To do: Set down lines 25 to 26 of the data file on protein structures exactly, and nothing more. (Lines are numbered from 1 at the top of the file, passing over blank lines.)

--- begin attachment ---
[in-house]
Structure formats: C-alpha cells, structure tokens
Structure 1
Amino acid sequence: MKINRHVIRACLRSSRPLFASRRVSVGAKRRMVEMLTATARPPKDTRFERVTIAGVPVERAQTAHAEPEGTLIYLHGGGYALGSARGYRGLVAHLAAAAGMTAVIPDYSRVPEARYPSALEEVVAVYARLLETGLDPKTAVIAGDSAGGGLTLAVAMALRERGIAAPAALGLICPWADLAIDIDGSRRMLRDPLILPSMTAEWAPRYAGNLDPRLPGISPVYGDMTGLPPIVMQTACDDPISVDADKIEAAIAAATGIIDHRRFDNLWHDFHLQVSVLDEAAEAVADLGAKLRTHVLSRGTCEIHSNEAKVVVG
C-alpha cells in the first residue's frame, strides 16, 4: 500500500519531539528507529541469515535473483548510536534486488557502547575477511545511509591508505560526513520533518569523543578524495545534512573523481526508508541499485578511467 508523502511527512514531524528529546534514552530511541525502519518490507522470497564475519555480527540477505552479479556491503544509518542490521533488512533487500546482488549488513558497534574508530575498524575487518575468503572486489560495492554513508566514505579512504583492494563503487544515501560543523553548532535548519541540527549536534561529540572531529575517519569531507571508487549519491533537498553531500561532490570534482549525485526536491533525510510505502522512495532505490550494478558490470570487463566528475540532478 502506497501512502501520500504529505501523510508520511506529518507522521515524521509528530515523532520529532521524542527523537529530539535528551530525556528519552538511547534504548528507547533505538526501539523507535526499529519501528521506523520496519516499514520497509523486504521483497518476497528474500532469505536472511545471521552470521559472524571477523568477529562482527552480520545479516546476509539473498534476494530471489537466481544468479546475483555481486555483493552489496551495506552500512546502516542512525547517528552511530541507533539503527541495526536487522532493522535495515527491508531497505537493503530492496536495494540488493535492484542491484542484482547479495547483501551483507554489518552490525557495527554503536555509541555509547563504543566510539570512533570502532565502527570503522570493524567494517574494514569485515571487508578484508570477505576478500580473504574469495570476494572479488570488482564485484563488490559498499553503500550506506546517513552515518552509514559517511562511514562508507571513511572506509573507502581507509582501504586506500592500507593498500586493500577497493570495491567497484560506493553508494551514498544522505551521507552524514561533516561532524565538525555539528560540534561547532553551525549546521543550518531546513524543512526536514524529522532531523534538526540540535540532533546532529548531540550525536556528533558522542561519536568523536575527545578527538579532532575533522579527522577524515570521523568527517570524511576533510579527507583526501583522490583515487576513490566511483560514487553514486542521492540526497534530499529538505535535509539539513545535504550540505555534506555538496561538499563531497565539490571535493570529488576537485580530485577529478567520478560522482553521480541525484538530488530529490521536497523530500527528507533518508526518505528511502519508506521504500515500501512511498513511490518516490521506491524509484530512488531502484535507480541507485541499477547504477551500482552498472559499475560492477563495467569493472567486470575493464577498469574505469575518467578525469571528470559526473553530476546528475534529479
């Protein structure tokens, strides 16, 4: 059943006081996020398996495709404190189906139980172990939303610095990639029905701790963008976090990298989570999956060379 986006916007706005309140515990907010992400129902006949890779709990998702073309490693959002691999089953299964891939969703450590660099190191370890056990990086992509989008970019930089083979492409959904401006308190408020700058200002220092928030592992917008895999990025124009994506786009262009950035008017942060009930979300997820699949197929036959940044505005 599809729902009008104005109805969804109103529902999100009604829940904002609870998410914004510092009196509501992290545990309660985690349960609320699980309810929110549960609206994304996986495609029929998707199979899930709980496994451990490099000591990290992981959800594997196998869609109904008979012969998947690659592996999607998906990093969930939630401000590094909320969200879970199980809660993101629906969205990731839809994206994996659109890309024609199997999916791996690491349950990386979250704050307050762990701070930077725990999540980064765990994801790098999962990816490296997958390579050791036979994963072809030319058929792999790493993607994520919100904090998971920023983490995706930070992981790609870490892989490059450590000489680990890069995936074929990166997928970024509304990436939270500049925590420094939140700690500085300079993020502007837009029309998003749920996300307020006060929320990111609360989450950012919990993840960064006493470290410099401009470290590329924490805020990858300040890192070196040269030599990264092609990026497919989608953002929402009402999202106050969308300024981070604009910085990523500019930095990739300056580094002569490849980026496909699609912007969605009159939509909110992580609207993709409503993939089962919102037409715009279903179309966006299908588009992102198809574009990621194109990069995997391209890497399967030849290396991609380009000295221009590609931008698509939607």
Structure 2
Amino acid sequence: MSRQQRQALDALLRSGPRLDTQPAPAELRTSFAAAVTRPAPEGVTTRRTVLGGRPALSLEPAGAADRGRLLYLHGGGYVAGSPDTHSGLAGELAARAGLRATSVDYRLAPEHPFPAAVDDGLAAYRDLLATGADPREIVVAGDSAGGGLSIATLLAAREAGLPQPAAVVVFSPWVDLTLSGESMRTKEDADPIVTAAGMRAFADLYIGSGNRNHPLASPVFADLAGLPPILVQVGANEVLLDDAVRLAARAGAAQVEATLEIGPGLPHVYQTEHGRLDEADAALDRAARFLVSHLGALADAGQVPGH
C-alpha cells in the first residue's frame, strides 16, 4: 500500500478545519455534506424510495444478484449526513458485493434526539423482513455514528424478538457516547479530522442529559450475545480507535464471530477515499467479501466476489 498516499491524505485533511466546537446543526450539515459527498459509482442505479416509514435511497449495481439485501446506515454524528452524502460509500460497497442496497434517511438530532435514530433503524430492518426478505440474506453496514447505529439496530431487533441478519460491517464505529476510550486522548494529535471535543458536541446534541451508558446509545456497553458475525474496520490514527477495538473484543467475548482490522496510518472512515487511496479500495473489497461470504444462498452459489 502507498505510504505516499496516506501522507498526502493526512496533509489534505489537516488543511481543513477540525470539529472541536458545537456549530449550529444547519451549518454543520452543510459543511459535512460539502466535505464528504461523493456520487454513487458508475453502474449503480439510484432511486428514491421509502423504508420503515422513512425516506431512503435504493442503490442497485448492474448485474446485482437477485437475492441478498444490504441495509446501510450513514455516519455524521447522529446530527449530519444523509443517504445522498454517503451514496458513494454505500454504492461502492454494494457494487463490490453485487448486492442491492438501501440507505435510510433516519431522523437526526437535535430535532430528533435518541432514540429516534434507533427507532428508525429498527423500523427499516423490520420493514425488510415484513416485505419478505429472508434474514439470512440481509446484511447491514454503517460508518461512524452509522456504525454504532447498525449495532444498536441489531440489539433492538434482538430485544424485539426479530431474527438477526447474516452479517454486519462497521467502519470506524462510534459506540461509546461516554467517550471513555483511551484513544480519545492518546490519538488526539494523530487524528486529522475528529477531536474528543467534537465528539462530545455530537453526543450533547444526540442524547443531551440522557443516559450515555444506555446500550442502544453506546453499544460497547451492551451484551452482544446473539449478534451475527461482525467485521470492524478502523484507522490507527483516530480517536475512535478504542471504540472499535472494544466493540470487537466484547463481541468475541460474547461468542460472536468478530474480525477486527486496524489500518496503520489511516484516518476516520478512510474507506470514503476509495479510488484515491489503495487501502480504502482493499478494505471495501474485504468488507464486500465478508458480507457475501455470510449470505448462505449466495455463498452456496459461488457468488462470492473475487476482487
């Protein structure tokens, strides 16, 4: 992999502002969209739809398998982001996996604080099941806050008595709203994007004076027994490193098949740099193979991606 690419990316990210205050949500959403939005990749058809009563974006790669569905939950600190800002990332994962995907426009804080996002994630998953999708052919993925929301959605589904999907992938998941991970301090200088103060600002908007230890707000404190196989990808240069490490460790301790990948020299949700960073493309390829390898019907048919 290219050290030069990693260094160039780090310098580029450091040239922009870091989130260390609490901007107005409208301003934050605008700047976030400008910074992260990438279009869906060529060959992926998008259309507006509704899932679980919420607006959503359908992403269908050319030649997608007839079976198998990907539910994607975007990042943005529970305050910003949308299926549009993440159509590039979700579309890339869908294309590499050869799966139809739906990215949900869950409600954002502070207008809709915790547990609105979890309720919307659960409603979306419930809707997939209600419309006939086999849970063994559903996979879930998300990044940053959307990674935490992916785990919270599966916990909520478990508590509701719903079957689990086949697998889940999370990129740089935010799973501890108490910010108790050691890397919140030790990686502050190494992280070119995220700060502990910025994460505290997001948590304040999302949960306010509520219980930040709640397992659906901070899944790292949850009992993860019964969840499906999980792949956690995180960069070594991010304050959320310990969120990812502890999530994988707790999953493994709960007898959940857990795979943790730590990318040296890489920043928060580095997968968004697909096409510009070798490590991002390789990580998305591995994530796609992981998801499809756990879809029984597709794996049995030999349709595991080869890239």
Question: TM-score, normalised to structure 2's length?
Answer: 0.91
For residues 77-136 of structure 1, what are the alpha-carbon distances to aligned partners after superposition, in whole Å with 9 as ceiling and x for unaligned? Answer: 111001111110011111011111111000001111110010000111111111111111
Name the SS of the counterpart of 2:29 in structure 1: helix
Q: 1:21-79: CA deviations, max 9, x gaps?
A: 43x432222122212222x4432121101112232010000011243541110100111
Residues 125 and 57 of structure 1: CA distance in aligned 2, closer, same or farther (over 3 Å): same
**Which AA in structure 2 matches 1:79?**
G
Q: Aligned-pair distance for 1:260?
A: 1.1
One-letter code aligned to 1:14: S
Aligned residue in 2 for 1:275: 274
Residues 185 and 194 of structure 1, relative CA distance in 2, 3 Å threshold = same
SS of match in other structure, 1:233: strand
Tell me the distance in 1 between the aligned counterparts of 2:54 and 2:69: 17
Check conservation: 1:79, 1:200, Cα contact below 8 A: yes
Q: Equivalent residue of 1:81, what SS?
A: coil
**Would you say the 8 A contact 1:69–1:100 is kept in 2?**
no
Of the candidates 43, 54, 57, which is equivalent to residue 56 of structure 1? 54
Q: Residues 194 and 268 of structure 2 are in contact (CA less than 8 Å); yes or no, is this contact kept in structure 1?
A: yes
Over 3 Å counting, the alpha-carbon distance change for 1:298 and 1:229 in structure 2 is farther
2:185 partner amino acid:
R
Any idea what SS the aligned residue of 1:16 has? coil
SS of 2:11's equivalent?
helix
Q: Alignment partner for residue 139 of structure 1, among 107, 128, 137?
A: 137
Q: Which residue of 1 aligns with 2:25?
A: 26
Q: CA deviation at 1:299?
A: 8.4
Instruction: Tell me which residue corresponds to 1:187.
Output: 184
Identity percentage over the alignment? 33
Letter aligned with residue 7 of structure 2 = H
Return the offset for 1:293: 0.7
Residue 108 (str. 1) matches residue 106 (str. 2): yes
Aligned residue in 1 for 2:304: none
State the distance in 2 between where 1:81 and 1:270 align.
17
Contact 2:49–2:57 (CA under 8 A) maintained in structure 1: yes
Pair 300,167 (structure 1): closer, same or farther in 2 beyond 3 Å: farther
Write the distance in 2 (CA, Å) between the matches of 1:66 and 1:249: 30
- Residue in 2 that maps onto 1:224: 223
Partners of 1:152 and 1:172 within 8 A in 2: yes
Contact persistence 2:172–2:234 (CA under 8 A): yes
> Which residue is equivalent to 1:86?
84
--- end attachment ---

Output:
SS of match in other structure, 1:233: strand
Tell me the distance in 1 between the aligned counterparts of 2:54 and 2:69: 17